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id21 viewpoint - Tree plantations and climate change: avoiding responsibility in Ecuador

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Patricia Granda
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Over 345 million hectares of land globally could be forested or re-forested to help combat global warming. The Kyoto Protocol, which sets targets for industrialised countries to reduce greenhouse gases (GHG) emissions, has established the Clean Development Mechanism (CDM) to support such initiatives. But do these programmes tackle the real causes of climate change?The CDM allows industrialised countries and organisations
to fund projects in developing countries aiming to contribute to reducing GHG
emissions. These projects are attractive to developing country governments because
they offer foreign income, and to industrialised organisations for their low
land and labour costs.
Companies or
governments with high emission levels can fund CDM projects that either increase
carbon sinks (such as tree plantations) or expand existing carbon reservoirs
(such as forest conservation). The idea is that by maintaining reservoirs or increasing
sinks, a company is compensating for its own carbon emissions; however, this relationship
has not been fully demonstrated.
There are other problems with tree plantation projects. Research
by Acción Ecológica,
Ecuador and the World
Rainforest Movement examines the social and environmental impacts of CDM tree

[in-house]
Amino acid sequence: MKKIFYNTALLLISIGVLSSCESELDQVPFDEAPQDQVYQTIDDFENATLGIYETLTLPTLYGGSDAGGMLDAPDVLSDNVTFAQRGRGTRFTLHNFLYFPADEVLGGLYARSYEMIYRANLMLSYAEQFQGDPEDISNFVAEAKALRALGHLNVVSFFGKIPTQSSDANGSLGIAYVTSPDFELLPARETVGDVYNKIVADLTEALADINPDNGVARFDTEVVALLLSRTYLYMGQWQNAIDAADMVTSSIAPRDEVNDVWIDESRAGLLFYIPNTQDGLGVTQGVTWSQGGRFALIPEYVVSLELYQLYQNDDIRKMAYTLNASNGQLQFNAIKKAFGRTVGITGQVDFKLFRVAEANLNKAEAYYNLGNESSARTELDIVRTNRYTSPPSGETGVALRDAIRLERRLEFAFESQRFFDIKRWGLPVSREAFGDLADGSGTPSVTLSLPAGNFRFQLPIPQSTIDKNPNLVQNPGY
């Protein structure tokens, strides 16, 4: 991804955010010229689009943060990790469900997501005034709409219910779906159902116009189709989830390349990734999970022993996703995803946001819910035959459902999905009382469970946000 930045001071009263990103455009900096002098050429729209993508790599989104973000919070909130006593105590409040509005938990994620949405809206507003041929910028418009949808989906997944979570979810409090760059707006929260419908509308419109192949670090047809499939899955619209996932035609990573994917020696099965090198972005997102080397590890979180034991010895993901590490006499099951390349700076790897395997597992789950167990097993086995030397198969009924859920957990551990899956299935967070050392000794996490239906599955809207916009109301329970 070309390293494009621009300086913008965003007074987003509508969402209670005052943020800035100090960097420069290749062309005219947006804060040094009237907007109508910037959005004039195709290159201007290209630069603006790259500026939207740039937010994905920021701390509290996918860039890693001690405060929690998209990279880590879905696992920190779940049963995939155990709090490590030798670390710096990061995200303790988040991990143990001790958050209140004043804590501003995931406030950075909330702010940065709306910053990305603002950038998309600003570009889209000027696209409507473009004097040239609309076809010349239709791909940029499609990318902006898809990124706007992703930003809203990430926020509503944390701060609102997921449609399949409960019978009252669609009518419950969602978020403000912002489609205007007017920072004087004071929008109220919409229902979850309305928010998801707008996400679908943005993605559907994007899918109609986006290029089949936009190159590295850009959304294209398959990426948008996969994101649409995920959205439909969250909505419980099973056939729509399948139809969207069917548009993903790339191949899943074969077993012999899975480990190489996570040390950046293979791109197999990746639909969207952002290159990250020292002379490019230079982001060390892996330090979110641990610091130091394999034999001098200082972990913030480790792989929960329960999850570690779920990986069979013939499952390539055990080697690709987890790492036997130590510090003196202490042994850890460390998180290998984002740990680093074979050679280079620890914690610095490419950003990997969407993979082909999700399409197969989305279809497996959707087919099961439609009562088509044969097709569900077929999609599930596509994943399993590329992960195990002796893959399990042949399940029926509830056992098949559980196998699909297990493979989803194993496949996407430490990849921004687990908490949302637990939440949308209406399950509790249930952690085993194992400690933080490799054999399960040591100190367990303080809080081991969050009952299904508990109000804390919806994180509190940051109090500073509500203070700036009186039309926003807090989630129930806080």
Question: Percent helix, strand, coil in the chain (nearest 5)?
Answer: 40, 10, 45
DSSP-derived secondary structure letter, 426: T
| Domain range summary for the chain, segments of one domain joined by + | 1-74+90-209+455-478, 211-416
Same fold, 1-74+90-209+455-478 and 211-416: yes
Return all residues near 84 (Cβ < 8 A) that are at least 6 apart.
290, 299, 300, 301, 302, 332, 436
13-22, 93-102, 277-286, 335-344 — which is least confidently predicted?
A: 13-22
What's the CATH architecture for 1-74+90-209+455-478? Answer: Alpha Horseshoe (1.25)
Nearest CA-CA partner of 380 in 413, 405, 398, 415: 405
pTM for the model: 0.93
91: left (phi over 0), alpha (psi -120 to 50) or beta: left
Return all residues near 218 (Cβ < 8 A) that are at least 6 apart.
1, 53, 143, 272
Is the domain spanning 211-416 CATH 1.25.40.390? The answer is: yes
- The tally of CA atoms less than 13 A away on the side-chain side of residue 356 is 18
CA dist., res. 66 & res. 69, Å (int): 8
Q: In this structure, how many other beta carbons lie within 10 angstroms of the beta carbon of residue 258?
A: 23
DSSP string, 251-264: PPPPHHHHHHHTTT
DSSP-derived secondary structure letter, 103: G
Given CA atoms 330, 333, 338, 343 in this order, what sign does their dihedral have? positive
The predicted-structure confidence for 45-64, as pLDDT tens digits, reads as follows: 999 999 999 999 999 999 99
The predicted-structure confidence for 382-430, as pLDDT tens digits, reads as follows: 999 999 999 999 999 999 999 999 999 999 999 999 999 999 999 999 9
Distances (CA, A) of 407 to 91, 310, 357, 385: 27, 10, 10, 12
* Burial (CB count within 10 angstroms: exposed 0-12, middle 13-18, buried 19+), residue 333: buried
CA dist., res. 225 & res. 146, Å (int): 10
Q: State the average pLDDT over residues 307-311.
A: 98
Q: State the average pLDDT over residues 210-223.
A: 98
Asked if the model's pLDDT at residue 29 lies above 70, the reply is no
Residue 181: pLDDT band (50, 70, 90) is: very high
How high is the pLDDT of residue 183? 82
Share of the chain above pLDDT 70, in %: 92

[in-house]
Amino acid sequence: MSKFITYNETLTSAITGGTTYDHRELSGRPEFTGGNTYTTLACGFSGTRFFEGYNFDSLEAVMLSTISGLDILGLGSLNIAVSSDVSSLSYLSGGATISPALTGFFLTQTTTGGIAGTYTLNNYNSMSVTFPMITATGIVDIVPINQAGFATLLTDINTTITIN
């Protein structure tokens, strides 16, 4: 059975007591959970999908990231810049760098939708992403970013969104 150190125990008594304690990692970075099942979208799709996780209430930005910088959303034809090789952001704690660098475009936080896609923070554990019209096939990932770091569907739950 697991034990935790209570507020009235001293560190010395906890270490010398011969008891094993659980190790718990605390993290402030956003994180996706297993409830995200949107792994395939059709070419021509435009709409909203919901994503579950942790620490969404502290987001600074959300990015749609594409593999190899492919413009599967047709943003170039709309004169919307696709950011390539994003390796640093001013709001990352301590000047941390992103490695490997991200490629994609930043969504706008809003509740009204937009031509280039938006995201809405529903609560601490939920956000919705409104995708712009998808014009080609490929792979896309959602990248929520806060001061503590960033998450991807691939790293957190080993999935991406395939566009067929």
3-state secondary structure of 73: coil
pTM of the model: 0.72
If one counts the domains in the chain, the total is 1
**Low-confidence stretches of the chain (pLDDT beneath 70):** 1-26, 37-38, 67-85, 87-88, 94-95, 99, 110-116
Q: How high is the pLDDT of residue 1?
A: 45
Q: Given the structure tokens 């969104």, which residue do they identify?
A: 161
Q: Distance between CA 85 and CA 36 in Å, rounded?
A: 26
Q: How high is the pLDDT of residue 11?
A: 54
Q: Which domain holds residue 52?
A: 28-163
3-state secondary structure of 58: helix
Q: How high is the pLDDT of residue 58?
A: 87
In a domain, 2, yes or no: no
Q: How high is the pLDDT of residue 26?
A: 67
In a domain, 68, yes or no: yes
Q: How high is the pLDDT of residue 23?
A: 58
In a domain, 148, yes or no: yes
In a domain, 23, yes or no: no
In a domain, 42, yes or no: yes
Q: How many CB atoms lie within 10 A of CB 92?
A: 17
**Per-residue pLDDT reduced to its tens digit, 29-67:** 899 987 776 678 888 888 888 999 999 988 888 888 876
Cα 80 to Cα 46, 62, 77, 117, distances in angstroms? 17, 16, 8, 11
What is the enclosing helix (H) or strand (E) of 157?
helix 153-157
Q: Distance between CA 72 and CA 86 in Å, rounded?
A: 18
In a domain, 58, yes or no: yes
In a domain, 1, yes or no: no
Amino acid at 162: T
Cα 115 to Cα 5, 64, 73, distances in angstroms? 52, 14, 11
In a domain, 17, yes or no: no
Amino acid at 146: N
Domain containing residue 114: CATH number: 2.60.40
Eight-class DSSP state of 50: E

plantation projects in the Ecuadorian Sierra, such as the FACE-PROFAFOR.
Problems with tree planting CDM projects include:
Many
projects do not consider the environmental costs of tree plantations, such as the loss of water and
destruction of primary ecosystems.
Despite a commitment to plant native tree
species, some projects plant non-local species that destroy water systems and
soil structure.
The actual reduction of carbon in the atmosphere
is low, as non-native trees do not grow well in a foreign environment and extra
carbon is released through soil degradation
Local people do not always benefit from
economic, social and environmental gains. For example, funds provided by overseas companies do not always cover the costs
involved and local communities have to contribute their own resources to
maintain plantations.
The CDM is a false solution to climate change and there
are fundamental problems with the scheme. The idea does not attack the problem of excessive consumption of fossil
fuels: industrialised countries use the CDM to avoid reducing their own GHG
emissions. It is also impossible to accurately determine the exact quantities
of atmospheric carbon sequestered through afforestation projects.
Furthermore, the
targets set for emissions reduction are inadequate. The 1990 emissions levels,
which are used as a baseline against which to measure progress, are arbitrary.
The CDM sets a target of a 5.2 percent reduction of emissions. However, many
studies maintain that for this reduction to have a real impact on the climate
problem, the figure should be set at no less than 70 percent of the levels released
15 years ago.
The CDM framework
enables industrialised countries to implement projects in developing countries
and avoid reducing GHGs at the source. As an
alternative, the research suggests:

CDM
funding resources should be urgently shifted towards an energy transition
strategy.
Researchers
should focus more on analysing the impacts of plantations on land tenure
and resource access for local inhabitants.